New theory on why dolphins beach themselves

‘Cetacean stranding’ is the technical term for beached whales and dolphins. They normally die because of dehydration or collapsing under their own weight and they might end up drowning when high tide covers their blowholes.

There have been several theories as to the cause. If a single animal beaches it is normally the result of sickness and injury. Contributing factors could be bad weather, navigation errors, old-age or hunting too close to shore.

Beached dolphins
Beached dolphins. Image: IFAW. One Green Planet.

New theory – Alzheimer’s

A new theory, the conclusion of a study co-authored by Prof Frank Gunn-Moore of the University of St Andrews, suggests that dolphins may become stranded in shallow waters because they follow leaders suffering from a condition similar to Alzheimer’s disease in humans.

The scientists analysed the brains of dolphins beached on Scotland’s shores. They found changes in the brain similar to the changes that are found in the brains of people with Alzheimer’s, the most common type of dementia.

The theory, then, is that the leader of a dolphin pod, leads their healthy followers into dangerously shallow waters because they become confused and/or lost through their mental illness.

The lead author of the study, Dr. Mark Dalgleish, of the University of Glasgow, said:

“This still needs to be investigated, but if a parallel condition exists in dolphins, it could certainly explain some mass strandings.”

In humans, Alzheimer’s disease results in “biological hallmarks” which include abnormal clusters of sticky proteins in the brain. These are known as amyloid plaques.

A pilot whale and two dolphins that beached and died on the Scottish coast were found to have amyloid plaques. In addition, they had a protein called phosphorylated tau. This is another sign of the disease.

And they saw other features of dementia including gliosis which involves a change in cell numbers in response to central nervous system damage.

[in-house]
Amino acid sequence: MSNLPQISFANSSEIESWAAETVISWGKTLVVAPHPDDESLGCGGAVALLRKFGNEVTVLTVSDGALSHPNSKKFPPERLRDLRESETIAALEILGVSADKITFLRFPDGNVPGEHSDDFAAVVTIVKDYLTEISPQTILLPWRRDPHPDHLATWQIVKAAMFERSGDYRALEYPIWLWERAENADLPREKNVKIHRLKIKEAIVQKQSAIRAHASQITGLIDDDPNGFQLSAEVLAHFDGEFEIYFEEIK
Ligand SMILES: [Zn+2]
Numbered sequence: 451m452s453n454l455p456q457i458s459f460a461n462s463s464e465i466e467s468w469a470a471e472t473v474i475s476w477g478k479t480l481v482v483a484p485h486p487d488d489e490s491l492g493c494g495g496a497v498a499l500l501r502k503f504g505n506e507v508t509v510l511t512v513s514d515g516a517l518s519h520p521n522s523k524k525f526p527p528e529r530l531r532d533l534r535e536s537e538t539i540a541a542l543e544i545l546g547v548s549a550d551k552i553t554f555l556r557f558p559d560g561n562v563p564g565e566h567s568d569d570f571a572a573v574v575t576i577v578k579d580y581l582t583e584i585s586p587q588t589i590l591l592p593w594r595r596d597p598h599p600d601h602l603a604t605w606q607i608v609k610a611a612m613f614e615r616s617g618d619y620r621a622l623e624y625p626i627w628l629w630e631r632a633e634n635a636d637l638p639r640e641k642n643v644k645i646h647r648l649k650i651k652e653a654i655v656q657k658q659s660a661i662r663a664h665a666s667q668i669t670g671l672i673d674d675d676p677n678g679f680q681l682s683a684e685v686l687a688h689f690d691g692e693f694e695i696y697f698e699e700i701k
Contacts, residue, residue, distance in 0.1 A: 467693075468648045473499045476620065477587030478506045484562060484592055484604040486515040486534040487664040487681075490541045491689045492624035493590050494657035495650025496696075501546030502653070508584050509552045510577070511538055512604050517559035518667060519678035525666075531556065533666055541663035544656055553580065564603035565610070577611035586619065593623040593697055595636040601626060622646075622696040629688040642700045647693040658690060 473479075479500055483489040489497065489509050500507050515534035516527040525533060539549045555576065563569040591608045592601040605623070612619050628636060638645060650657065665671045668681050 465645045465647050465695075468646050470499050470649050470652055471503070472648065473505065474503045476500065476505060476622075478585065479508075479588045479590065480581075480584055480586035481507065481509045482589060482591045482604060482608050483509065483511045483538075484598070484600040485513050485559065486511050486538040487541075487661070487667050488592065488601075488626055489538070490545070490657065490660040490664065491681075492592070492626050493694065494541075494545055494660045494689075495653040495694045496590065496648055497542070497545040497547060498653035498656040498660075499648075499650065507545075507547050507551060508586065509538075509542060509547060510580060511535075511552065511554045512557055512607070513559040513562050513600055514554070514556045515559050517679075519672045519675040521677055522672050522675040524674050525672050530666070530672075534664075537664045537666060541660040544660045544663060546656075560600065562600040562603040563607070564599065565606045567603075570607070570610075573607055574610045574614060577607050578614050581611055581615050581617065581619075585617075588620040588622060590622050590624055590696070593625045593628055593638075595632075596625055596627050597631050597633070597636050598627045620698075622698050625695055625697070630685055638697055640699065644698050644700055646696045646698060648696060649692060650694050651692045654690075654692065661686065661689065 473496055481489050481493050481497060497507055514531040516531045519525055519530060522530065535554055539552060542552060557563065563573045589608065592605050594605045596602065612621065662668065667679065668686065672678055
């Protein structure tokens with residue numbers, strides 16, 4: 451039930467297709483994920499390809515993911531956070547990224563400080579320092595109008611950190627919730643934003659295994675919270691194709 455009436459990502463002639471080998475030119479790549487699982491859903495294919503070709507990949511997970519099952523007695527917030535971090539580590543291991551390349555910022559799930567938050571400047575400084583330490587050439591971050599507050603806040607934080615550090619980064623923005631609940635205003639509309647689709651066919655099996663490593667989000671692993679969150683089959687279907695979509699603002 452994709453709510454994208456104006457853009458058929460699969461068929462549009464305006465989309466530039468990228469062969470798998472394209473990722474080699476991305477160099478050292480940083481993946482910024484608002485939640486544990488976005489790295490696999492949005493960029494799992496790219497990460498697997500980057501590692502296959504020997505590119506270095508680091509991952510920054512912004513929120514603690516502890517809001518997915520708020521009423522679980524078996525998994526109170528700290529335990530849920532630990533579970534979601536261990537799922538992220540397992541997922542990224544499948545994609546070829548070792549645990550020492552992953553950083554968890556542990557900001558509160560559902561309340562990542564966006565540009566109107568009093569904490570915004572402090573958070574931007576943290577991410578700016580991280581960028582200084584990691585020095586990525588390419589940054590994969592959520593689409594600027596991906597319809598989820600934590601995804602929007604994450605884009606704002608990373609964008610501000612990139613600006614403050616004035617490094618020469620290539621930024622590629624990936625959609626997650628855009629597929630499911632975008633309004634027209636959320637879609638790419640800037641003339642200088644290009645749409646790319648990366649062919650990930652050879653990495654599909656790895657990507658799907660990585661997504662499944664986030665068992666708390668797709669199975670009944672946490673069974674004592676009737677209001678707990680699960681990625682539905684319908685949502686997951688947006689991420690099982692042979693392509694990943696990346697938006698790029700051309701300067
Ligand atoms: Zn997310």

The researchers couldn’t tell if the dolphins suffered cognitive decline which is part of the diagnostic process of assessing Alzheimer’s disease in humans. However, the biological changes in the brain are consistent with this degenerative condition.

Dalgleish also said:

“These are significant findings that show, for the first time, that the brain pathology in stranded odontocetes – toothed whales including dolphins – is similar to the brains of humans affected by clinical Alzheimer’s disease.”

He added:

“While it is tempting at this stage to speculate that the presence of these brain lesions in odontocetes indicate that they may also suffer with the cognitive deficits associated with human Alzheimer’s disease, more research must be done to better understand what is happening to these animals.”

This new research which has been published in the European Journal of Neuroscience looked at more species than previously was the case and found further signs of Alzheimer’s disease. There is no cure for Alzheimer’s although in humans it’s progress can be slowed with a drug which clears the brain of amyloid.

Summary of the ‘abstract’ (summary) to the study (a reworking to simplify it). This is technical as expected

The study discusses the occurrence of Alzheimer’s disease (AD)-like neuropathology in the brains of odontocetes, which are a group of toothed whales. AD is a neurodegenerative disease that is characterized by the accumulation of amyloid-beta plaques and hyperphosphorylated tau protein in the brain, as well as gliosis (an increase in the number of glial cells).

The abstract notes that the brains of 22 stranded odontocetes of five different species were examined using immunohistochemistry, and that all of the aged animals showed accumulation of amyloid plaque pathology.

In addition, in three animals of three different species of odontocete, there was co-occurrence of amyloid-beta plaques, intraneuronal accumulation of hyperphosphorylated tau, and other AD-like neuropathological changes.

One animal showed similar changes, but without amyloid plaques. The abstract also mentions that microglia and astrocytes were present in all of the brain samples examined, but that there were differences in their numbers and appearance between individual animals.

The presence of AD-like neuropathology in these odontocetes suggests that they may be susceptible to AD, although the significance of this pathology in terms of the health and death of the animals is not known.

The study also suggests that this pathology may contribute to the cause of unexplained live-stranding events in some odontocete species and support the “sick-leader” theory, which proposes that healthy conspecifics in a pod may strand due to high social cohesion.

Study title: Alzheimer’s disease-like neuropathology in three species of oceanic dolphin. LINK.

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